Reproducible Research Statement:Study protocol: Available at http://www.roche-trials.com/patient/trials/trial120.html. Statistical code: Not available. Data set: Available at http://www.roche-trials.com/patient/trialresults/stur124.html.

Requests for Single Reprints: Donald M. Jensen, MD, Center for Liver Diseases, University of Chicago Medical Center, 5841 South Maryland Avenue, MC 7120, Chicago, IL 60637; e-mail, djensen@medicine.bsd.uchicago.edu.

Current Author Addresses: Dr. Jensen: Center for Liver Diseases, University of Chicago Medical Center, 5841 South Maryland Avenue, MC 7120, Chicago, IL 60637.

Dr. Marcellin: Service d'Hepatologie and Centre de Recherches Biologiques Bichat Beaujon (INSERM CRB3), Hôpital Beaujon, Clichy 92110, France.

Dr. Freilich: Liver and Pancreas Institute of Kansas City, 6675 Holmes, Suite 425, Kansas City, MO 64131.

Dr. Andreone: Department of Internal Medicine, Cardiology, and Hepatology, Ospedale S. Orsola-Malpighi, Universita di Bologna, Via Massarenti 9-40138, Bologna, Italy.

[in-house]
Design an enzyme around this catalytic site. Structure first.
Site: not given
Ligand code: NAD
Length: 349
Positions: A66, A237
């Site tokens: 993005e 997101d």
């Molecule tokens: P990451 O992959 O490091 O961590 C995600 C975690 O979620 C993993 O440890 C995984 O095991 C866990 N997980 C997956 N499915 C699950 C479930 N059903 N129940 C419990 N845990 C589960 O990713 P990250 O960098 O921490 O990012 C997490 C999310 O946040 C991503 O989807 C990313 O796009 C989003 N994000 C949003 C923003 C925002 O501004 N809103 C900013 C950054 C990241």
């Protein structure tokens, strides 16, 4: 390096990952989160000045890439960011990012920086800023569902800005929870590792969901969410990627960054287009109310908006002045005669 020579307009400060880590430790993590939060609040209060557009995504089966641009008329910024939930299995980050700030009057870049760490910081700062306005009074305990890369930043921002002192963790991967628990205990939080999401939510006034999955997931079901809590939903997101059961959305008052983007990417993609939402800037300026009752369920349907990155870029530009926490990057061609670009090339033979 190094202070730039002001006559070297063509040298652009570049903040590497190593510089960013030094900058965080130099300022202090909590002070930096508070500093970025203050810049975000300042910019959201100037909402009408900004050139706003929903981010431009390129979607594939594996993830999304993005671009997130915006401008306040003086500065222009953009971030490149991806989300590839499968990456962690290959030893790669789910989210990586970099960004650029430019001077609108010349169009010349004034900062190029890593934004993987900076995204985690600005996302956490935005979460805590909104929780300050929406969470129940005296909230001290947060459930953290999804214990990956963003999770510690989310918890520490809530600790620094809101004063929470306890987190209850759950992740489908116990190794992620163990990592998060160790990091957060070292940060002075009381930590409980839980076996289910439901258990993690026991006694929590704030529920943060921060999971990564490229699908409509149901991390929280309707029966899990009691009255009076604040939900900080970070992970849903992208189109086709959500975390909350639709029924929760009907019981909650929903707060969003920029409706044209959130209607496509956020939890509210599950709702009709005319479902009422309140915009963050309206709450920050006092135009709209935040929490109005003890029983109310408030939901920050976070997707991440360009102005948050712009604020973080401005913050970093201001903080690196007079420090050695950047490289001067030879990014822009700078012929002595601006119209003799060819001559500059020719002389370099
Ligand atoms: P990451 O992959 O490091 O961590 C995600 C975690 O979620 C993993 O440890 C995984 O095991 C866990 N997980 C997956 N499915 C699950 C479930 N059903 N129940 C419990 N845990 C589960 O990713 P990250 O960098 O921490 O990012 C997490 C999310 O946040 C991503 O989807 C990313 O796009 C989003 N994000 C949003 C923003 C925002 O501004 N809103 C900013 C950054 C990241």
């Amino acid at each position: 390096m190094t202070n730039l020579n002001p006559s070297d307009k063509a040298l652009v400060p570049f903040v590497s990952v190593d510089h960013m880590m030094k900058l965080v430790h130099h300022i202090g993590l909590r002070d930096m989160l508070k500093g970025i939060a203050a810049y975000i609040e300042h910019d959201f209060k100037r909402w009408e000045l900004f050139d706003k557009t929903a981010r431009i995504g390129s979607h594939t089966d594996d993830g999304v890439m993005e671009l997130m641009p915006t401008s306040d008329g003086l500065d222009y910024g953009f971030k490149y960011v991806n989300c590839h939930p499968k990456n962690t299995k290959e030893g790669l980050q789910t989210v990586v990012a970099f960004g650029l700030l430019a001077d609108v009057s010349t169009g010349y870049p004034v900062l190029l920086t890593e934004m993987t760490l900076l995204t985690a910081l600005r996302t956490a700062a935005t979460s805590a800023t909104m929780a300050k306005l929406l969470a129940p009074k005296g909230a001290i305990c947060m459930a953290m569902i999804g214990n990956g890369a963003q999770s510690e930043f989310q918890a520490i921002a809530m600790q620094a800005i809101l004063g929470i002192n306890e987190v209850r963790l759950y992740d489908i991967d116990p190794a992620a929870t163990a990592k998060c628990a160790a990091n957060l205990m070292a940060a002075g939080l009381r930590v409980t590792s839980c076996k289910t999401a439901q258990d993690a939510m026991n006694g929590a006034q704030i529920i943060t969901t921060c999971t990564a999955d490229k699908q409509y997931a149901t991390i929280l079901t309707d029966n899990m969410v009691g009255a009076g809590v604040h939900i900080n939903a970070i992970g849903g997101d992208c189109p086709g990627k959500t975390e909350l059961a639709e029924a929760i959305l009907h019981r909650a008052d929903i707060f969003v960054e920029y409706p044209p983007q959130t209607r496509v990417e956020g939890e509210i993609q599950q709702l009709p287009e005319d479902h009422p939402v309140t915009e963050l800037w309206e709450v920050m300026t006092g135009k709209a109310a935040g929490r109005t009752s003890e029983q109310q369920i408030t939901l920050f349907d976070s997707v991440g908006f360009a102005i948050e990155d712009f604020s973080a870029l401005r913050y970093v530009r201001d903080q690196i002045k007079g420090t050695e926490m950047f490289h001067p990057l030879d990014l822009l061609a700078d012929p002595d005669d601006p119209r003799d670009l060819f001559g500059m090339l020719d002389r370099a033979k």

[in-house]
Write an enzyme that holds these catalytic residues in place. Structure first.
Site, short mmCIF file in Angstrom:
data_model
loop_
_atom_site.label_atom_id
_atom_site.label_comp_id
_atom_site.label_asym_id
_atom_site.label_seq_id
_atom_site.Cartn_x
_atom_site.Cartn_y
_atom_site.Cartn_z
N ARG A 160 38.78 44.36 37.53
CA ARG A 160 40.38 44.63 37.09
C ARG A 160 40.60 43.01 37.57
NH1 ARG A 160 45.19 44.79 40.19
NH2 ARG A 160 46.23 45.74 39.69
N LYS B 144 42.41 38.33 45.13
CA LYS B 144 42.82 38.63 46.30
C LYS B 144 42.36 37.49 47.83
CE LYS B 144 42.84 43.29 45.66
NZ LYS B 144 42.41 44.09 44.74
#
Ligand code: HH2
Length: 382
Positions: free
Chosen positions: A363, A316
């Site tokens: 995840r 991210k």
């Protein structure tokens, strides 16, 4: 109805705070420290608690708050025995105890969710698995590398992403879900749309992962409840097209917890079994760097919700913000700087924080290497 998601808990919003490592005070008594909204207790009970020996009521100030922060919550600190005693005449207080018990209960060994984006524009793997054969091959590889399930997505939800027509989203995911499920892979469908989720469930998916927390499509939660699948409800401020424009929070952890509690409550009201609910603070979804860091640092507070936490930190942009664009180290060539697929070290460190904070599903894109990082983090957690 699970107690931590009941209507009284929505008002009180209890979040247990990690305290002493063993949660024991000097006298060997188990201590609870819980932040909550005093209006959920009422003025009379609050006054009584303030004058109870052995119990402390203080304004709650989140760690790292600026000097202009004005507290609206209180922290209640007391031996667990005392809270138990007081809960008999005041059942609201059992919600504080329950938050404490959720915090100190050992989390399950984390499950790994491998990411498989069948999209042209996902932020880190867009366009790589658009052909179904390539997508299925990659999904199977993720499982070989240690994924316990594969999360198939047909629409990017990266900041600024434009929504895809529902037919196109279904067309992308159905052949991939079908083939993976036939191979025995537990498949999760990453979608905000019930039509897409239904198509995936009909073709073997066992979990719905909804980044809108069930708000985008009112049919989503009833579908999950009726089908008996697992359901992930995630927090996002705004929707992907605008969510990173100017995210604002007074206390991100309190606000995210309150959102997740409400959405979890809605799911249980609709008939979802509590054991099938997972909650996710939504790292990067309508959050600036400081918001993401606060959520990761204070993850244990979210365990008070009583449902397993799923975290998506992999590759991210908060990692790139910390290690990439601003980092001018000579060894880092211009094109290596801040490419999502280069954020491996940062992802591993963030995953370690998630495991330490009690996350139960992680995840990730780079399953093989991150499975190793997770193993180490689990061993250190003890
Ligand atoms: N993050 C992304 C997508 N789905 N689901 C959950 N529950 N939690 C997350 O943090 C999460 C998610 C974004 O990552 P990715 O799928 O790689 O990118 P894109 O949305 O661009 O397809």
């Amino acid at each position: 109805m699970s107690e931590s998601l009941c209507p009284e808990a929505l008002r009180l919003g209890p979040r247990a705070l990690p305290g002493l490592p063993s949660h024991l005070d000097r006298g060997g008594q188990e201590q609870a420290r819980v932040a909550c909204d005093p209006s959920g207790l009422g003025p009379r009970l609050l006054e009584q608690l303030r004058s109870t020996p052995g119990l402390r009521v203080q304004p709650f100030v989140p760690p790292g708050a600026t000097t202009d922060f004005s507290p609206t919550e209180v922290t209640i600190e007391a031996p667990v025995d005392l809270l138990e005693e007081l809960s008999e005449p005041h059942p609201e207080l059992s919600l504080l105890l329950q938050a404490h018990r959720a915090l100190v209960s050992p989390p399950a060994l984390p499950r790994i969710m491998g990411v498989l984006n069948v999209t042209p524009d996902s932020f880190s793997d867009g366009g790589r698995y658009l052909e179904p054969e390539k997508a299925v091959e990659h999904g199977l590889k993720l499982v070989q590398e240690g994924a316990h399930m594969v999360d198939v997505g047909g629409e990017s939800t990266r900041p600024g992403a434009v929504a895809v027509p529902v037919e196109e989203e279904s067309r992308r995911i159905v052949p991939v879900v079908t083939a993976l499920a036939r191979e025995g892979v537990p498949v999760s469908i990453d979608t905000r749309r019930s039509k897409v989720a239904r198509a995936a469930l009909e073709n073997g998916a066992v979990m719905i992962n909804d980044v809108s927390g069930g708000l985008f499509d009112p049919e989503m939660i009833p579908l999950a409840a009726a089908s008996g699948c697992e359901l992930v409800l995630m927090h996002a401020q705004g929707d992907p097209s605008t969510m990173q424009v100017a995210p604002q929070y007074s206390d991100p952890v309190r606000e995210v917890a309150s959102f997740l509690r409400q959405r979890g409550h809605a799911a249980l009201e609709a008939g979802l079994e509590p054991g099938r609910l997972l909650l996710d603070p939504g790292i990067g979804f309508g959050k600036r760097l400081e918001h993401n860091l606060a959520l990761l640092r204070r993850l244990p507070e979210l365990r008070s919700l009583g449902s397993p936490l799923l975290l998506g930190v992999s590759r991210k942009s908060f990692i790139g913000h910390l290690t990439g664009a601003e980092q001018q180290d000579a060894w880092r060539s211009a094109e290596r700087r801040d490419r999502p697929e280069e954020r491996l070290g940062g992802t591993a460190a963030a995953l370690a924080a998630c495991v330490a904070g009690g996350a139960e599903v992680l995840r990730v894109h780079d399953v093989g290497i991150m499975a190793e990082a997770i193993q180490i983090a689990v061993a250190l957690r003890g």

Dr. Di Bisceglie: Saint Louis University School of Medicine, 3635 Vista Avenue at Grand Boulevard, Saint Louis, MO 63110-0250.

Dr. Brandão-Mello: University of Rio de Janeiro Medical School, Internal Medicine Department, Liver and Gastroenterology Unit, Gaffree e Guinle University Hospital, Rua Mariz e Barros 775, 20270-004 Rio de Janeiro, Brazil.

Dr. Reddy: Hospital of the University of Pennsylvania, 3400 Spruce Street, Philadelphia, PA 19104.

Dr. Craxi: Instituto Di Clinica Medica Policlinico, Divisione Di Gastroenterologia, Piazzale Delle Cliniche 2, Palermo 90127, Italy.

Dr. Olveira Martin: Digestive Diseases (Servicio Aparato Digestivo), Hospital La Paz, Paseo de la Castellana 261, Madrid 28046, Spain.

Dr. Teuber: J.W. Goethe University Hospital, Theodor-Stern-Kai 7, D-60590 Frankfurt, Germany.

Mr. Messinger: IST GmbH, Soldnerstrasse 1, 68219 Mannheim, Germany.

Dr. Thommes: Roche Pharmaceuticals, 340 Kingsland Street, Nutley, NJ 07110.

Dr. Tietz: Pharmaceuticals Division, F. Hoffmann-La Roche, Building 074/3O.202, CH-4070 Basel, Switzerland.

Author Contributions: Conception and design: P. Marcellin, K.R. Reddy, D. Messinger, J.A. Thommes, A. Tietz.